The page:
3CX Attack Shows The Dangers Of ‘Alert Fatigue’ For Cybersecurity
The widely felt supply chain compromise of VoIP vendor 3CX was not caught as quickly as it might have been, as both the vendor and users initially assumed the alerts were false positives, according to cybersecurity experts.
The far-reaching supply chain attack on communications app maker 3CX might have been caught sooner if security professionals weren’t so desensitized to the stream of alerts and frequent false positives coming from their threat detection tools, cybersecurity experts told CRN.
This phenomenon, known as “alert fatigue,” is widely recognized but difficult to fix. The 3CX compromise shows the real-world consequences of the issue for cybersecurity, experts said.
Alert fatigue played a “crucial role” in the delayed detection of the 3CX attack, Exabeam CISO Tyler Farrar told CRN.
While users did report receiving warnings from SentinelOne about 3CX as early as March 22, both the users and 3CX support team seemingly assumed that the detection was a false positive—possibly due to experiencing “numerous false alarms in the past,” Farrar said.
CrowdStrike threat hunters were the first to determine that the detection of malicious activity coming from the 3CX app was not a false positive, and the company publicly disclosed details about the attack in a post March 29.
Most likely, the initial lack of urgency around the issue was influenced by desensitization to alerts, Farrar said.
The bottom line is that “there’s way too many alerts. We can’t catch them all,” said Christina Richmond, chief strategy and growth officer at security services and solution provider Inspira Enterprise, and a former program vice president at research firm IDC.
In the future, it’s likely that automation and AI will do more to help with the issue, Richmond said.
“But for now, there’s a lot of alert fatigue that leads us to then not pay attention to some of the most critical alerts,” she said.
CRN has requested comment from 3CX and an interview with Nick Galea, founder and CEO of 3CX.
Galea told The Register that after learning about the SentinelOne alert, the company checked its app with antivirus aggregation website VirusTotal. After getting an “all clear” from VirusTotal, “we considered the SentinelOne alert a false positive,” Galea told the site.
The 3CX CEO told CyberScoop it’s probable that hundreds of thousands of customers did actually download the malicious version of the vendor’s VoIP phone system software.
A Harsh Reality
Many 3CX users had seen their endpoint protection software incorrectly flag legitimate software as malicious in the past, said Greg Notch, CISO at cybersecurity vendor Expel.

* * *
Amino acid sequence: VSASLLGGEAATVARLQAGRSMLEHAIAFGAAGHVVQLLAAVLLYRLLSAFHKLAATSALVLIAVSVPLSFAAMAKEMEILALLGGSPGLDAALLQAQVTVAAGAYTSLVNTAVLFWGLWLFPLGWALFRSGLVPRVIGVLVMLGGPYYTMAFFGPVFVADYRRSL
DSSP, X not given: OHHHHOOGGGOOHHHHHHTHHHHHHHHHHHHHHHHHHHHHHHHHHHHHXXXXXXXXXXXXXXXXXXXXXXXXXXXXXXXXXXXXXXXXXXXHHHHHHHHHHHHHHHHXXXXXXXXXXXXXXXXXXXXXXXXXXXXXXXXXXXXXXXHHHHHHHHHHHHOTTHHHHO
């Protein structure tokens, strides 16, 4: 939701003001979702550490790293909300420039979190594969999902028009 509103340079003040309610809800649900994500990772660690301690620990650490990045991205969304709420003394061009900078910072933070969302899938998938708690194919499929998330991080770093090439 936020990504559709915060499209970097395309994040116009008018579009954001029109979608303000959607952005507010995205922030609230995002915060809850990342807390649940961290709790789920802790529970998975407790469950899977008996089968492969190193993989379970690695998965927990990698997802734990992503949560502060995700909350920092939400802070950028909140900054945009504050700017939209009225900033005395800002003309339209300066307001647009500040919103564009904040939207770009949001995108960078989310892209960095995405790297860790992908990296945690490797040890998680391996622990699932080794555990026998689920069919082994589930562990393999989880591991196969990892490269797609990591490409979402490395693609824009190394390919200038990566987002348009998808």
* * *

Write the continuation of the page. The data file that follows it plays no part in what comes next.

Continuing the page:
Since 3CX’s software was expected in their environment, they assumed it was the endpoint security software that was incorrect, rather than suspecting the 3CX software had been the victim of a supply chain attack, Notch said.
For overtaxed security operations teams, these biases “are just the reality” of their roles today, he said.
According to 3CX, its customer base totals more than 600,000 organizations. Major customers listed by 3CX include American Express, McDonald’s, Coca-Cola, NHS, Toyota, BMW and Honda.
CrowdStrike has attributed the attack to a North Korea-affiliated group that it calls Labyrinth Chollima. 3CX has hired Mandiant, a foremost incident response provider that’s owned by Google Cloud, to perform an investigation into the attack.
“We’ll continue working closely with our Mandiant advisers to investigate how this incident occurred and put in place measures to prevent any recurrence,” Galea wrote in a post Saturday.
‘More Wrong Than Right’
Ultimately, when it comes to dealing with alerts, defenders need to be able to quickly decide if a certain alert deserves more attention, said Johannes Ullrich, dean of research for the SANS Technology Institute.
Experience can sometimes help, he said. However, in many cases, experience actually hurts because it tells defenders that “these tools are more often wrong than right,” Ullrich told CRN.
Triggering a full incident response based on an alert like this is “risky” as well since it often causes major business disruption to follow up on an alert, he said.
Ultimately, technical personnel reviewing alerts are too often missing the context necessary to make a quick decision distinguishing valid alerts from false positives, Ullrich said.
Unfortunately, security software often creates “many more false positives than it triggers true alerts,” he said.